BMW's K1200GT - a Motorcycle for the Pyrenees?
Text and photos by Bob Stokstad
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All K1200GT photos

Ready to ride, at BMW Munich
Ready to ride, at BMW Munich
The K1200GT, BMW's sport touring flagship, was first introduced in Europe and in the US three months later. Just a casual glance says this is one fast but comfortable motorcycle. It is big, fully-faired, with a long wheelbase and low-to-the ground look. You might well ask, would I have picked the GT out of a BMW line-up for this ride in the Pyrenees? Well, to be honest, probably not. Thus it was with some apprehension that, two hours after landing in Munich, I climbed on the K1200 at BMW's VIP depot. A week and one thousand miles later I would feel differently. But at that moment it seemed prudent to do a few figure eights and try out the brakes in the parking lot before venturing into Munich traffic.

First impressions, like in the parking lot, can be deceptive. But at these low speeds this heavy, 630 lb. bike inevitably showed its weight in slow, tight corners. A little later, out on the autobahn, the GT came into its own. Like the duck designed for water, the GT is at home on a smooth, fast, no-speed-limit highway. At 110 mph it was just starting to stretch its legs. Snapping the throttle at this point still produced a healthy kick, but my helmet was starting to float on my head due to the air rushing over the top and I decided I didn't need to find out just how fast this creature could run. I rolled back to an indicated 80 mph, where at 5000 rpm the motor was loafing at half its redline and most of the K1200GT's claimed 152 horsepower was waiting in reserve. The defining characteristic of this bike, however, is not top speed (which can hardly ever be used) but acceleration. Zero to 100 km/h is listed in the brochure as 3.1 seconds. I have no idea if it's actually 3.3 or 3.5 seconds, but passing is a pleasure, not to mention safer because of the available acceleration. On Europe's freeways and toll roads as well as on ours, one often needs to accelerate in order to keep free space around the motorcycle. It's a sneaky pleasure when doing this to look briefly at the driver on your right, catch an eye and then gently gas it and see him disappear in your rearview mirror. Oh, the feeling of utter superiority, capped by the smugness of knowing that you're nowhere near this machine's limits when pulling away, even starting at 90 mph. But these temptations are irrelevant in the Pyrenees where the most enjoyable roads are the least conducive to high speed.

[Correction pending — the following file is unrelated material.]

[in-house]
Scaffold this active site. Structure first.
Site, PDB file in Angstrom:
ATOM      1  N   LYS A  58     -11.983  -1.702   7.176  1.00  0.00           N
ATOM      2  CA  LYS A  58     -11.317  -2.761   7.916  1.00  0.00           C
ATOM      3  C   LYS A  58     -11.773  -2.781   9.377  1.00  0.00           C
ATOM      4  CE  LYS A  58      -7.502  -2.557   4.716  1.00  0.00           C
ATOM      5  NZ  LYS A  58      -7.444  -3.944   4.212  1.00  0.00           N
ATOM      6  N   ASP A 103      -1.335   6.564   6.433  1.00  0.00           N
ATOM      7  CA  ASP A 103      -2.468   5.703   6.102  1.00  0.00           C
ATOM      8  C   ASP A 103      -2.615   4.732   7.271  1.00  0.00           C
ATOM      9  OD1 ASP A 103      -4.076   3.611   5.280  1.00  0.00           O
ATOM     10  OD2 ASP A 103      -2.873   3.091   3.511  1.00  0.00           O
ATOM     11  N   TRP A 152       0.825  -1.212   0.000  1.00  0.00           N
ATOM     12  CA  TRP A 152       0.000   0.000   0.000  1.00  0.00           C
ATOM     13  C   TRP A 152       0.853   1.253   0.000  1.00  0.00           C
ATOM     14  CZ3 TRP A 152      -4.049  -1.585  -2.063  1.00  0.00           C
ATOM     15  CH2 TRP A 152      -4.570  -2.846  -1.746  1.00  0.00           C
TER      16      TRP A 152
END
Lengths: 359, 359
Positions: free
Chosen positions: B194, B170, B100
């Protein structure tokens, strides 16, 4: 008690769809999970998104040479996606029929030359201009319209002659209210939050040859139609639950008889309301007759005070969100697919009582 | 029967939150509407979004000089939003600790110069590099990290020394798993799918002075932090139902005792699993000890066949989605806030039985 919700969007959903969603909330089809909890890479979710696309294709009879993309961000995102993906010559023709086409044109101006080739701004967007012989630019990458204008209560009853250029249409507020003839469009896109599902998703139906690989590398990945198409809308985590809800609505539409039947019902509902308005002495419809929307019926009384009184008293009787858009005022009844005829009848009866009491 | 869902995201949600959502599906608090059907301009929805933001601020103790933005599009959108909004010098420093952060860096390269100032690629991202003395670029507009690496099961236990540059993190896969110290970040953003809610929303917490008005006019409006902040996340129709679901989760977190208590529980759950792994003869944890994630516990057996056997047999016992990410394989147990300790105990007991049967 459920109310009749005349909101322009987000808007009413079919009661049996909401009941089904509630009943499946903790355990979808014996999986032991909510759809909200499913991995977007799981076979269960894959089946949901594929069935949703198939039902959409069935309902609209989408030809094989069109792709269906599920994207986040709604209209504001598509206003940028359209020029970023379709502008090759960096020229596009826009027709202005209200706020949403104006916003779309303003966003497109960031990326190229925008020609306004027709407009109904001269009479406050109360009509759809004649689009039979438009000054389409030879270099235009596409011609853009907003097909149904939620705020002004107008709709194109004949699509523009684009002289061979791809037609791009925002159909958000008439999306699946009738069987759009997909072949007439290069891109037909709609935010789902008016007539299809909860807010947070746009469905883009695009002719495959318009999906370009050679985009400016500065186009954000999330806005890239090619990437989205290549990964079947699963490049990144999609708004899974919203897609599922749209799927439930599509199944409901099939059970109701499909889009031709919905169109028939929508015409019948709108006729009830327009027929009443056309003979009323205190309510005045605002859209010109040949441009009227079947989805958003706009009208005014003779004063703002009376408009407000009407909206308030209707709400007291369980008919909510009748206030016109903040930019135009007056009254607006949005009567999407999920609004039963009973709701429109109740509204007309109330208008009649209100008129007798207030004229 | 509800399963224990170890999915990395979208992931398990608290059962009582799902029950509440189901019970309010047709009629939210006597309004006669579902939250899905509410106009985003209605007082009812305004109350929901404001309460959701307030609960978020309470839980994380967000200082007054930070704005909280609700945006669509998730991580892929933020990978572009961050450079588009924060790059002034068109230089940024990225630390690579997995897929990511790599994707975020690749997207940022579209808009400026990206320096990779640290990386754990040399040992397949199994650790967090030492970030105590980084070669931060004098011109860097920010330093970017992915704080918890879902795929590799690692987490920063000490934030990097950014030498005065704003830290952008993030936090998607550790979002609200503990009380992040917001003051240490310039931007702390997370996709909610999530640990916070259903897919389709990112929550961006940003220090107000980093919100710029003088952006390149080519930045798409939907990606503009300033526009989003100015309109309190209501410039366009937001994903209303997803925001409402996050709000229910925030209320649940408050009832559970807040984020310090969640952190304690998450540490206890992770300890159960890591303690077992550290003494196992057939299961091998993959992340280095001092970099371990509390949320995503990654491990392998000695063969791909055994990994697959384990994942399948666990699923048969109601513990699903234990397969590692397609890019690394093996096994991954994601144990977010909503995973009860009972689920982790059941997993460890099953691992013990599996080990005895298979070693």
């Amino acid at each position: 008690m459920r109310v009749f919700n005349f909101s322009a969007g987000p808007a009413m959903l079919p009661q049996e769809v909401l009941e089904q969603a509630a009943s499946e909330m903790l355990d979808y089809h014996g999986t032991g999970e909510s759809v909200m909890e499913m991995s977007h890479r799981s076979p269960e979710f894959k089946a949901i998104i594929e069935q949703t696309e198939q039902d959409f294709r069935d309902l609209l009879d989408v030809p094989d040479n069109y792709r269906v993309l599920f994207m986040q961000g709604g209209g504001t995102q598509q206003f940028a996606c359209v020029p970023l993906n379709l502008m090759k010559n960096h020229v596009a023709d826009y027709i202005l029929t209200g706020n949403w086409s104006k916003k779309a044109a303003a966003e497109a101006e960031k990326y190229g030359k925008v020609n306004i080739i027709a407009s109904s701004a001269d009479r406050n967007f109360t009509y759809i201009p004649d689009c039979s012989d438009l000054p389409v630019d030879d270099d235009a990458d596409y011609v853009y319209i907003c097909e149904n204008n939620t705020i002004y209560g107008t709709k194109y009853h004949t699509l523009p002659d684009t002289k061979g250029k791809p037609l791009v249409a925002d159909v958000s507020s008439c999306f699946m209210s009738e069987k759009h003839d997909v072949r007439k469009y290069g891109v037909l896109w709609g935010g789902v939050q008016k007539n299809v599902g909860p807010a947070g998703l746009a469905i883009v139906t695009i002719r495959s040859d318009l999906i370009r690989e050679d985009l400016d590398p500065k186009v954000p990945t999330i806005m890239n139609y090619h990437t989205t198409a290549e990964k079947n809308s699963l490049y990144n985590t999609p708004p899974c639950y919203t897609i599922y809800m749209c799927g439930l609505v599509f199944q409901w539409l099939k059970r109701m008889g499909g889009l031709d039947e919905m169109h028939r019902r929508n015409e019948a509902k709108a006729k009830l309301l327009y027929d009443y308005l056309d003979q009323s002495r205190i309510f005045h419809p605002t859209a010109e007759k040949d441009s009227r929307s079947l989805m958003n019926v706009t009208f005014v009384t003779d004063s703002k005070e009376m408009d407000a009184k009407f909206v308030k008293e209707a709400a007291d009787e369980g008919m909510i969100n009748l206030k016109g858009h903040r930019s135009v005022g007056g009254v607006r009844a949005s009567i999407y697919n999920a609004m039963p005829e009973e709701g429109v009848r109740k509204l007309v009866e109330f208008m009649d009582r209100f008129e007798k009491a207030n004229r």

Fully loaded, in the Pyrenees
Fully loaded, in the Pyrenees
The handling characteristics of the K1200GT, I soon learned, were up to the challenges of narrow roads, tight curves, and mountain-pass grades. So long as I was moving over about 15 mph, steering was light and behavior in corners neutral. Light handling in corners is favored by the comfortable width of the handle bars; the 28 inches between the outer edges of the rubber hand grips provide leverage to get the bike leaned over with little effort. The long wheel-base favors straight line stability at the expense of maneuverability, but the net effect of these opposing tendencies is a well-chosen compromise. After one day in the mountains, I stopped thinking about a smaller bike and fully enjoyed the sporting side of this tourer.